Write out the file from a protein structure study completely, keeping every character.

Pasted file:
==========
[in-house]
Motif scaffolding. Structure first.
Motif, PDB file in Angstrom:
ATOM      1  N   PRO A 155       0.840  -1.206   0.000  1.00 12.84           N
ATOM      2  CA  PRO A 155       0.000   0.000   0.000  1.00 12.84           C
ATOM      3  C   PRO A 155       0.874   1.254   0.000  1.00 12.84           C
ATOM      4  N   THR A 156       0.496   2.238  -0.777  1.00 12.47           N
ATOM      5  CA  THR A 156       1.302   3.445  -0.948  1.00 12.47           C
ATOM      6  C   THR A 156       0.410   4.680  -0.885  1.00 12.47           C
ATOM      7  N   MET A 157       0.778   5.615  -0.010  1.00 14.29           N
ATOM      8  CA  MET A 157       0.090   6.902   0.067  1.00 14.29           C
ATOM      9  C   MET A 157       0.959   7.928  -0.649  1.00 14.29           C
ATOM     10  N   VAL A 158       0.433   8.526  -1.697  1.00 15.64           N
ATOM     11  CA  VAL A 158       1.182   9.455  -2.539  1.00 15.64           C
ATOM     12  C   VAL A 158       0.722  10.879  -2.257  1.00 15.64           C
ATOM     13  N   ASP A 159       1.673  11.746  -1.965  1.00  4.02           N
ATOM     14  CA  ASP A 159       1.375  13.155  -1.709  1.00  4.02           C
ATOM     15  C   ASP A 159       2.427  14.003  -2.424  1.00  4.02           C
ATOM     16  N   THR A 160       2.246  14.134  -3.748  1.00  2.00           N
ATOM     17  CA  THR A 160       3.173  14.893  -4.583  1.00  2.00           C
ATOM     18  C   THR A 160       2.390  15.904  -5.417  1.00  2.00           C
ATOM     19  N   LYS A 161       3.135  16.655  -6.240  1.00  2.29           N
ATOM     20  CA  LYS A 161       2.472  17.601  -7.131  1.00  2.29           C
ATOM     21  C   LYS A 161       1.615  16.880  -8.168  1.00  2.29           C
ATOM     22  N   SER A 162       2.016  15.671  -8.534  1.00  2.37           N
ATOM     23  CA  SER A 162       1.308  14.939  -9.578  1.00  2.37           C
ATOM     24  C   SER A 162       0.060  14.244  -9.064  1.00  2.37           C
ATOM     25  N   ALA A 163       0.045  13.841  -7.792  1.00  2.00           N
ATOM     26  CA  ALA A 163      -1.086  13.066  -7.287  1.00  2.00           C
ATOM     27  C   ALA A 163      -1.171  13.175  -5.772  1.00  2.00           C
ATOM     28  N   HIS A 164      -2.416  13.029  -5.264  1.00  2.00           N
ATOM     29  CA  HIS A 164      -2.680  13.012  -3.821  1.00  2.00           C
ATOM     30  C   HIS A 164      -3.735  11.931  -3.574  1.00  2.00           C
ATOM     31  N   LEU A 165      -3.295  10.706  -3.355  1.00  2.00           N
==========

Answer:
[in-house]
Motif scaffolding. Structure first.
Motif, PDB file in Angstrom:
ATOM      1  N   PRO A 155       0.840  -1.206   0.000  1.00 12.84           N
ATOM      2  CA  PRO A 155       0.000   0.000   0.000  1.00 12.84           C
ATOM      3  C   PRO A 155       0.874   1.254   0.000  1.00 12.84           C
ATOM      4  N   THR A 156       0.496   2.238  -0.777  1.00 12.47           N
ATOM      5  CA  THR A 156       1.302   3.445  -0.948  1.00 12.47           C
ATOM      6  C   THR A 156       0.410   4.680  -0.885  1.00 12.47           C
ATOM      7  N   MET A 157       0.778   5.615  -0.010  1.00 14.29           N
ATOM      8  CA  MET A 157       0.090   6.902   0.067  1.00 14.29           C
ATOM      9  C   MET A 157       0.959   7.928  -0.649  1.00 14.29           C
ATOM     10  N   VAL A 158       0.433   8.526  -1.697  1.00 15.64           N
ATOM     11  CA  VAL A 158       1.182   9.455  -2.539  1.00 15.64           C
ATOM     12  C   VAL A 158       0.722  10.879  -2.257  1.00 15.64           C
ATOM     13  N   ASP A 159       1.673  11.746  -1.965  1.00  4.02           N
ATOM     14  CA  ASP A 159       1.375  13.155  -1.709  1.00  4.02           C
ATOM     15  C   ASP A 159       2.427  14.003  -2.424  1.00  4.02           C
ATOM     16  N   THR A 160       2.246  14.134  -3.748  1.00  2.00           N
ATOM     17  CA  THR A 160       3.173  14.893  -4.583  1.00  2.00           C
ATOM     18  C   THR A 160       2.390  15.904  -5.417  1.00  2.00           C
ATOM     19  N   LYS A 161       3.135  16.655  -6.240  1.00  2.29           N
ATOM     20  CA  LYS A 161       2.472  17.601  -7.131  1.00  2.29           C
ATOM     21  C   LYS A 161       1.615  16.880  -8.168  1.00  2.29           C
ATOM     22  N   SER A 162       2.016  15.671  -8.534  1.00  2.37           N
ATOM     23  CA  SER A 162       1.308  14.939  -9.578  1.00  2.37           C
ATOM     24  C   SER A 162       0.060  14.244  -9.064  1.00  2.37           C
ATOM     25  N   ALA A 163       0.045  13.841  -7.792  1.00  2.00           N
ATOM     26  CA  ALA A 163      -1.086  13.066  -7.287  1.00  2.00           C
ATOM     27  C   ALA A 163      -1.171  13.175  -5.772  1.00  2.00           C
ATOM     28  N   HIS A 164      -2.416  13.029  -5.264  1.00  2.00           N
ATOM     29  CA  HIS A 164      -2.680  13.012  -3.821  1.00  2.00           C
ATOM     30  C   HIS A 164      -3.735  11.931  -3.574  1.00  2.00           C
ATOM     31  N   LEU A 165      -3.295  10.706  -3.355  1.00  2.00           N